As part of the DVD release, there’s a five minute interview with Reed and Schnabel (taken from something called “Spectacle: Elvis Costello with…”) that explains some of the motivations behind the album and the movie. There are also six minutes of behind the scene material, clips of the musicians warming up, the crew creating the stage, and blocking being discussed. The only thing missing here is a commentary track from the director. Schnabel clearly relates to Berlin (he calls it a celebration of “love’s dark sisters: jealousy, rage, and loss”) and it would have been wonderful to hear how he interprets the material, especially in light of the comments about his past. Reed’s input would be wonderful as well, yet it’s clear that, as he’s aged, the man has gotten even more closed off and bitter. Sadly, neither man gets a chance for a deeper discussion.

Still, one has to compliment an artist who chooses to revisit a much maligned work. Until recently, it was rare when someone like Reed would play an entire album in concert. For some, going back to a song or sound that may have been part of a one-off or casual studio experiment must be mindboggling. Hits have a tendency to live on outside their creation. The filler and ancillary tracks remain locked forever in their making-of moment. For Lou Reed, Berlin must represent both the best of times and the worst of times. Cash had given him the freedom to create. Sadly, “Take a Walk on the Wild Side” and its accompanying LP removed much of his ability to experiment. The result was a lost gem, undiscovered until now. For Julian Schnabel, Berlin stands as a personal touchstone. Thankfully, he’s allowed the rest of us to rediscover its amazing magic as well.

by Bill Gibron

26 Sep 2008

Chemistry is the key to a good onscreen romance. Remove this vital cog, and the entire cinematic machine sputters and dies, right? Well, that’s only partially true. One assumes that a brilliantly directed script, acted with perfection by performers who can emulate attraction without actually evoking same, could be passable. It’s safe to say that many a mainstream pairing has benefited from such a “professionalism vs. passion” conceit. Nights at Rodanthe, the latest adaptation of a Nicholas Sparks sudser, doesn’t have to worry about ardor. It offers up confirmed compatibles Richard Gere and Diane Lane in their third onscreen pairing. Unfortunately, every other aspect of this pointless drama undermines our lead’s natural allure.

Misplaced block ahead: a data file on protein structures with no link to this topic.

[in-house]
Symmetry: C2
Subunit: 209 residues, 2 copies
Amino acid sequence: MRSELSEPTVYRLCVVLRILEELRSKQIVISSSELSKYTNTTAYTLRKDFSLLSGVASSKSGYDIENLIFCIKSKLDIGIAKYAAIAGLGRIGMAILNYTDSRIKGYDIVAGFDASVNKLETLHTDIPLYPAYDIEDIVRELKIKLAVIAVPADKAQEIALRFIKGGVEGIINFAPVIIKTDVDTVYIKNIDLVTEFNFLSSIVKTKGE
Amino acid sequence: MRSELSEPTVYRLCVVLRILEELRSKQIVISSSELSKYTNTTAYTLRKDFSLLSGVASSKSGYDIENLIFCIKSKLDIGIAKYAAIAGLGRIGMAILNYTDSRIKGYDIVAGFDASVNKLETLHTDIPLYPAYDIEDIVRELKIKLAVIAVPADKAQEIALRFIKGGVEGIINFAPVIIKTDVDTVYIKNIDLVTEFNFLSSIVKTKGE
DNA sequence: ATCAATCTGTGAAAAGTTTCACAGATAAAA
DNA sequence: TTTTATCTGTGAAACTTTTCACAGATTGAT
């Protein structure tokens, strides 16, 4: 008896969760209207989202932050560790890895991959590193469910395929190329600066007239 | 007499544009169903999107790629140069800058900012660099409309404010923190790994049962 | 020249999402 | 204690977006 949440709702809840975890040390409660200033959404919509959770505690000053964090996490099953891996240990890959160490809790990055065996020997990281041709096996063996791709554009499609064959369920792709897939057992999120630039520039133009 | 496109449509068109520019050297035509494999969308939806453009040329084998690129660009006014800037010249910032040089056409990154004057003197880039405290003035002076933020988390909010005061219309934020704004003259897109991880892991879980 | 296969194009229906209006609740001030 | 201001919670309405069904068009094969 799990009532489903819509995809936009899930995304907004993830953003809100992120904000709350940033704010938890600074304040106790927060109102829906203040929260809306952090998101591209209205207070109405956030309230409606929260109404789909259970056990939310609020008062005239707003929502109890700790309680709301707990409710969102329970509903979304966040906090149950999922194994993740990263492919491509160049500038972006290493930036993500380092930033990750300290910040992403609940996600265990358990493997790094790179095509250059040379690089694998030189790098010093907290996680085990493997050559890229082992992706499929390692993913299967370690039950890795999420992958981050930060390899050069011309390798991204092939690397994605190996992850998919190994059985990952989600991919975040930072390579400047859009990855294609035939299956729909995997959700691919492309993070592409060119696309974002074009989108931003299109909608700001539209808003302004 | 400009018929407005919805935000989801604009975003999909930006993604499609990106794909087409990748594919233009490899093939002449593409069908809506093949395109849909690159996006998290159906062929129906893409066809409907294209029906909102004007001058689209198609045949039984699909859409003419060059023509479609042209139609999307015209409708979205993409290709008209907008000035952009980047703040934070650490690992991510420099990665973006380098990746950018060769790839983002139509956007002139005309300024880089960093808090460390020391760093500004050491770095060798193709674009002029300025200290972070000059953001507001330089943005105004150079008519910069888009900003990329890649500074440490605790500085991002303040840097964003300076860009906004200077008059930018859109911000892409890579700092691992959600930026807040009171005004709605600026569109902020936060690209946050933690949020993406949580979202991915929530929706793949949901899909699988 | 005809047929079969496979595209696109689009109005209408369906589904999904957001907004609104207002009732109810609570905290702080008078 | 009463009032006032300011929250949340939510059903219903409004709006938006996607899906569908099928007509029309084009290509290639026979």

When her estranged husband returns after a seventh month absence and asks for forgiveness, Adrienne Willis is not quite sure what to do. Her kids definitely want their dad back, but she has a hard time accepting his casual adultery and newfound desperation. Retreating to a friend’s bed and breakfast along the North Carolina coast, she hopes to sort things out. There she meets Dr. Paul Flanner, himself plagued by personal doubts. Together, the lost and lonely couple battle a major hurricane and internal struggles, all in a last gasp attempt at happiness. Of course, in this kind of story, such joys are fleeting, and when he finally goes off to South America in search of his estranged son, Adrienne wonders if she’ll ever see Paul again.

Sometimes, source material says it all. A luminous cast and a worthy director will have a hard time making a cinematic silk purse out of a literary sow’s ear. It is clear from his prose that Sparks spent most of his developmental years memorizing the works of Robert James Waller. This Windstorms of North Carolina Counties is so overwrought and Harlequin-ed that only the most susceptible of spinsters or inexperienced poetry majors will fall for its faux passions. While Diane Lane and Richard Gere are a great onscreen couple, the set up stunts their appeal. There is so much hand wringing and heart sickness here, so many unexplained subplots and unclear character motives that by the time the death/denouement arrives, we’re too confused to care.